Your problem is a common one. Lots of readers would appreciate confirmation. When you get it fixed, post the solution for them, won&#146;t you? They don&#146;t know me from the mayor&#146;s dog. :-)

    You wrote:
    &#147;What a fun car, though! Always gets lots of looks and positive comments! &#147;


    I hope my lengthy (as usual) response has helped you to understand the problem, and eased your mind about whether you should spend the money for a wheel alignment. It&#146;s the right thing to do. And the sooner the better, because you&#146;re dragging those front tires sideways every mile you drive. You&#146;re erasing them.
  • - Many thanks for great responses to tire feathering problems! Sounds like an alignment is in order, regardless of who pays for it. These tires were rotated front-to-back when I took off the snow tires this spring, and it's the left side tires that have the problem. It makes sense now that the front tire is being "dragged" and causing the problem. Thanks!
  • autonomousautonomous Posts: 1,769
    What a great group!


    Thanks pappy55 for your contribution and as kauai215 says "I&#146;d expect most people would average right around the same figures we do"
    Pat yourselves on the back for buying a great car that has a decent fuel rating! If there are others who have numbers that match or differ, share!

    On to the next part of the Pro5 story! How many of you have checked your tach as you zoom along.
    Assuming a straight road (that is, no hills)
    what is the RPM for the following speeds. Unfortunately, since I don't have my spreadsheet on hand (kauai215's notebook has a distinct advantage here) I'll send you my numbers soon to compare. So for example at 60 mph I recollect the Pro5 reaches 3200 RPM. Don't do this on a busy interstate!

    So ...
    Idling @ ____ RPM
    40 mph @ ____ RPM
    45 mph @ ____ RPM
    50 mph @ ____ RPM
    55 mph @ ____ RPM
    60 mph @ ____ RPM
    65 mph @ ____ RPM
    70 mph @ ____ RPM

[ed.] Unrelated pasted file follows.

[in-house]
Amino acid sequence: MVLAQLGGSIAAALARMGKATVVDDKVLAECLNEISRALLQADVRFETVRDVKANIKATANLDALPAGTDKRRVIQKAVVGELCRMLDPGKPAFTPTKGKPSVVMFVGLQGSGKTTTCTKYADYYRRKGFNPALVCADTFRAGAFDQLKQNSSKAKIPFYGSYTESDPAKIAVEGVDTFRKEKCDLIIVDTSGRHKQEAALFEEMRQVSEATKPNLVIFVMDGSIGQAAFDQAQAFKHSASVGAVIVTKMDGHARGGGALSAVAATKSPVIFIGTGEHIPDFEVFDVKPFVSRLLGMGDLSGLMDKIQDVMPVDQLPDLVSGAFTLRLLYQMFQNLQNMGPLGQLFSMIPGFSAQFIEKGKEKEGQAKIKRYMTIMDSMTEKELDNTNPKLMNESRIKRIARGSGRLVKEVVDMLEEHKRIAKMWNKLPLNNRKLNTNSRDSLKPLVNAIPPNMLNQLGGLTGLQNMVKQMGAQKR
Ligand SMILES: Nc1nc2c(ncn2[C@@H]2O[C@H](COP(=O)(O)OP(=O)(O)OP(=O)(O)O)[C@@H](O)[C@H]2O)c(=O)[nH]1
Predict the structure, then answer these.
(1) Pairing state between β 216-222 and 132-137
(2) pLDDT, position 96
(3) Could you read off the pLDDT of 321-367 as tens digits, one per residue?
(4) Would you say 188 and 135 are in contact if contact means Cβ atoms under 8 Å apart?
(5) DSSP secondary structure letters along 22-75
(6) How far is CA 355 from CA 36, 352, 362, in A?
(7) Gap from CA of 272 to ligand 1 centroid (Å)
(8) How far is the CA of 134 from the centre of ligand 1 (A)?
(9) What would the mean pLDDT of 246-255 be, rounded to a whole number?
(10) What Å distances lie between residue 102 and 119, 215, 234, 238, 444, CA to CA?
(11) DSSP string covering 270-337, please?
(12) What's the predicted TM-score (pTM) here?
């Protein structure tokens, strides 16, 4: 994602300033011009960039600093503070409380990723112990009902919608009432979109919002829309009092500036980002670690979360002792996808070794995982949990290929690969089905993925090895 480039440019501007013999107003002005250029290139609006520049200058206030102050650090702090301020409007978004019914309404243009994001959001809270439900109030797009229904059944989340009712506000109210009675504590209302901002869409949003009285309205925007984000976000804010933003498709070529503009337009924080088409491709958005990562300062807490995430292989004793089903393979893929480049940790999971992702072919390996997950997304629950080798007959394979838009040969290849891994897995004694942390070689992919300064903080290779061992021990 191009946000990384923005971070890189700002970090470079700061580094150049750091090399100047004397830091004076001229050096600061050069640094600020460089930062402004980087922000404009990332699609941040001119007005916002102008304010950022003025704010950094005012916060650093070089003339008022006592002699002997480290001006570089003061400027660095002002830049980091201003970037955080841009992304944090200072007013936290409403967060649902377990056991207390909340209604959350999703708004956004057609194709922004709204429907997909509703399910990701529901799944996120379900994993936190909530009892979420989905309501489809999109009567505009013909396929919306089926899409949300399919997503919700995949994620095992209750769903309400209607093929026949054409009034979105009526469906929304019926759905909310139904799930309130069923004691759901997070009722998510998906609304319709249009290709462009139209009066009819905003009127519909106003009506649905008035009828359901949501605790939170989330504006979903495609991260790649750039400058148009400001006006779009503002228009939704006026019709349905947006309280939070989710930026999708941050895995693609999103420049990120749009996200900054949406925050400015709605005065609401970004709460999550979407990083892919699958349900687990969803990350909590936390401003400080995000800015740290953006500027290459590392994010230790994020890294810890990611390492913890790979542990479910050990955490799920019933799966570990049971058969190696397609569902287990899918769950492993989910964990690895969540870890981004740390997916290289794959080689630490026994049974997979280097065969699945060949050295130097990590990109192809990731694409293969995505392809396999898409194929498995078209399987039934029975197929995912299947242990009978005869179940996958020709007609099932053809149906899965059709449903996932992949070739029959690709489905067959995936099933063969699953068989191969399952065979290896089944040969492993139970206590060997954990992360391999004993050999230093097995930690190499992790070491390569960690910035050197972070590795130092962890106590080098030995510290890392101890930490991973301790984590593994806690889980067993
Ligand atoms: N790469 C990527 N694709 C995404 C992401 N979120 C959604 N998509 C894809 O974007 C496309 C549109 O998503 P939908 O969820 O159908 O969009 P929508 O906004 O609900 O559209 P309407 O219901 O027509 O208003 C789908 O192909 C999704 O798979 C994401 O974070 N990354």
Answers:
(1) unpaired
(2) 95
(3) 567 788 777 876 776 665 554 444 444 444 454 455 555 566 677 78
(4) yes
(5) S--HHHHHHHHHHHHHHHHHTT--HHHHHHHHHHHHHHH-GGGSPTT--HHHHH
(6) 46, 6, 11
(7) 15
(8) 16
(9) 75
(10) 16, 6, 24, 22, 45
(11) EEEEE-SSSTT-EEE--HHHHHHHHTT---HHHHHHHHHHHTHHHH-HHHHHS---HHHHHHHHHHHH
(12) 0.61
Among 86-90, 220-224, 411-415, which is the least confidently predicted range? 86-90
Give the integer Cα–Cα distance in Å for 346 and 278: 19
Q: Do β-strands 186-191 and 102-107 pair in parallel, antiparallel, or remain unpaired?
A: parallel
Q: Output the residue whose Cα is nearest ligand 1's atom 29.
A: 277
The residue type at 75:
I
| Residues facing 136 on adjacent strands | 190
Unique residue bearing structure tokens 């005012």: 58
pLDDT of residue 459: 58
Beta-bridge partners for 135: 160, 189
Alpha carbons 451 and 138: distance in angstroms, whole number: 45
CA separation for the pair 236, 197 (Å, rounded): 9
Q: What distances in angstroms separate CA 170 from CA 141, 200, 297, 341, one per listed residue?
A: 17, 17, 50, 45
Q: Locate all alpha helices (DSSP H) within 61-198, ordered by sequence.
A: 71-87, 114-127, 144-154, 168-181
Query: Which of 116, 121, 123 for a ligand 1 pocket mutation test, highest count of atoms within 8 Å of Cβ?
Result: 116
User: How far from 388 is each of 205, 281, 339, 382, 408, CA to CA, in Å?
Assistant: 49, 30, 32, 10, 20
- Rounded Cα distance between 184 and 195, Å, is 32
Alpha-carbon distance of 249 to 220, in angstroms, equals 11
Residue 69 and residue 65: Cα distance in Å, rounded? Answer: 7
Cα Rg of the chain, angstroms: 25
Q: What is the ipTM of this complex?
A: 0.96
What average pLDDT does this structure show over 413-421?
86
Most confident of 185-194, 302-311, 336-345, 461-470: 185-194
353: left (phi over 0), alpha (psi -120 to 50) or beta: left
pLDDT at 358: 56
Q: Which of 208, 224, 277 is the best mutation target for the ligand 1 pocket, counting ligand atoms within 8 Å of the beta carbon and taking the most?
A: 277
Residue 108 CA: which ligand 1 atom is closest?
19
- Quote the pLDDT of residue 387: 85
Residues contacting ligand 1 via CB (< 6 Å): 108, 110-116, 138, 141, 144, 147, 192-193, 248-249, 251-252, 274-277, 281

75 mph @ ____ RPM
    80 mph @ ____ RPM
    85 mph @ ____ RPM
    90 mph @ ____ RPM
    95 mph @ ____ RPM
    100mph @ ____ RPM (Gasp!)

  • kauai215kauai215 Posts: 190
    You wrote:
    &#147;What a great group!&#148;

    Folks with the good judgment to buy a P5 tend to be good people, I reckon. We&#146;re a self-selecting group. :-)

    You wrote:
    &#147;Pat yourselves on the back for buying a great car that has a decent fuel rating!&#148;

    Especially these days with escalating fuel prices. Makes us glad we resisted the impulse to buy something far less fuel-efficient that might be returning 15 mpg or so. (No, not an SUV. Something more like an SVT -- Cobra, that is. Power is addictive, don&#146;t let anyone tell you otherwise. ;-)

    About the RPM question: I&#146;ll check again to note the exact figure, but I think 70 mph is in the low 3000s, 3200 maybe. That&#146;s in 5th gear, of course. Your chart didn&#146;t specify the gears.

    I&#146;m curious why you ask about this. In a locked system, such as a manual transmission car with a given set of wheels and tires, every P5 (identical to mine) will be turning exactly the same engine rpms at any given speed, all things being equal. Tiny differences might arise due to different tire inflation pressures (and ambient temperatures, which will, in turn, alter the tire pressures +-), but otherwise rpm will be locked into a &#147;formula.&#148; All of our cars are the same, or should be.

    Are you experiencing a problem? Apart from clutch slippage (not good), if you&#146;ve got a manual gearbox, your rpms at any given speed should be identical to mine, unless some other mechanical component is different such as gear ratios or anything else that would effectively change the ratio.

    Hills would make no difference, whether uphill, downhill, or on the flats. It must be so. (Or I&#146;m really confused, which is always a possibility. ;-)

    But I understand why one might at first think hills matter -- it seems reasonable to think hills might. (Think about your experience riding a bicycle: If speed remains constant, and you haven&#146;t changed gears, then your pedal rpms must be identical for any given speed, hill or not. Right? :-) If it isn&#146;t, then you&#146;ve got slipping somewhere in the system, and the only place that comes to mind is the clutch. That would be a problem and would call for attention.